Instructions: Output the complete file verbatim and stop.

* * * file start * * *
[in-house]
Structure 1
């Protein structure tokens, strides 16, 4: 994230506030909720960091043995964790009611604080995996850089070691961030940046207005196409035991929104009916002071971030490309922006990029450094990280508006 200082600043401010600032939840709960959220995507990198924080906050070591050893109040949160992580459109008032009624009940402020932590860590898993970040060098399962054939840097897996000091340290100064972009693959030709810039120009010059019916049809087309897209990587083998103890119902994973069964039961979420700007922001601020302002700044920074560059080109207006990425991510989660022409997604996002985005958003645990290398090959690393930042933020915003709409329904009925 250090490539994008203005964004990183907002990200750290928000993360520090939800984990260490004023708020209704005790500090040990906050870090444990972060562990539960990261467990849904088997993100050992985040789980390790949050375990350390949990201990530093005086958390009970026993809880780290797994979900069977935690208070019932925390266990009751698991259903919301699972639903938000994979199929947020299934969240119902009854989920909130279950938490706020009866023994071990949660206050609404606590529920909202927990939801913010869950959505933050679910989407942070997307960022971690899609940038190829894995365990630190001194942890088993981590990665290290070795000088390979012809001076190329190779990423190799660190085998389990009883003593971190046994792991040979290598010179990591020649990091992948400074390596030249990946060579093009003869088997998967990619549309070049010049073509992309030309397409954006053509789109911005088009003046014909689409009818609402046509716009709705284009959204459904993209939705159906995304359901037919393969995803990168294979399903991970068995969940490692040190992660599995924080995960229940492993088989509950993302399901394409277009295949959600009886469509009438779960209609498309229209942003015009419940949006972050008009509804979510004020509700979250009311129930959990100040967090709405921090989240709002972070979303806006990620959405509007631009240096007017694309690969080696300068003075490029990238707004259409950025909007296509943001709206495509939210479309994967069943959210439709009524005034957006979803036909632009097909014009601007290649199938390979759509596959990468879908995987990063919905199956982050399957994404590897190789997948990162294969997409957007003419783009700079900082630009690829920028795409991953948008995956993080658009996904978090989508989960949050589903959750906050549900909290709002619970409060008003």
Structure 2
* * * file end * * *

[in-house]
Structure 1
């Protein structure tokens, strides 16, 4: 994230506030909720960091043995964790009611604080995996850089070691961030940046207005196409035991929104009916002071971030490309922006990029450094990280508006 200082600043401010600032939840709960959220995507990198924080906050070591050893109040949160992580459109008032009624009940402020932590860590898993970040060098399962054939840097897996000091340290100064972009693959030709810039120009010059019916049809087309897209990587083998103890119902994973069964039961979420700007922001601020302002700044920074560059080109207006990425991510989660022409997604996002985005958003645990290398090959690393930042933020915003709409329904009925 250090490539994008203005964004990183907002990200750290928000993360520090939800984990260490004023708020209704005790500090040990906050870090444990972060562990539960990261467990849904088997993100050992985040789980390790949050375990350390949990201990530093005086958390009970026993809880780290797994979900069977935690208070019932925390266990009751698991259903919301699972639903938000994979199929947020299934969240119902009854989920909130279950938490706020009866023994071990949660206050609404606590529920909202927990939801913010869950959505933050679910989407942070997307960022971690899609940038190829894995365990630190001194942890088993981590990665290290070795000088390979012809001076190329190779990423190799660190085998389990009883003593971190046994792991040979290598010179990591020649990091992948400074390596030249990946060579093009003869088997998967990619549309070049010049073509992309030309397409954006053509789109911005088009003046014909689409009818609402046509716009709705284009959204459904993209939705159906995304359901037919393969995803990168294979399903991970068995969940490692040190992660599995924080995960229940492993088989509950993302399901394409277009295949959600009886469509009438779960209609498309229209942003015009419940949006972050008009509804979510004020509700979250009311129930959990100040967090709405921090989240709002972070979303806006990620959405509007631009240096007017694309690969080696300068003075490029990238707004259409950025909007296509943001709206495509939210479309994967069943959210439709009524005034957006979803036909632009097909014009601007290649199938390979759509596959990468879908995987990063919905199956982050399957994404590897190789997948990162294969997409957007003419783009700079900082630009690829920028795409991953948008995956993080658009996904978090989508989960949050589903959750906050549900909290709002619970409060008003």
Structure 2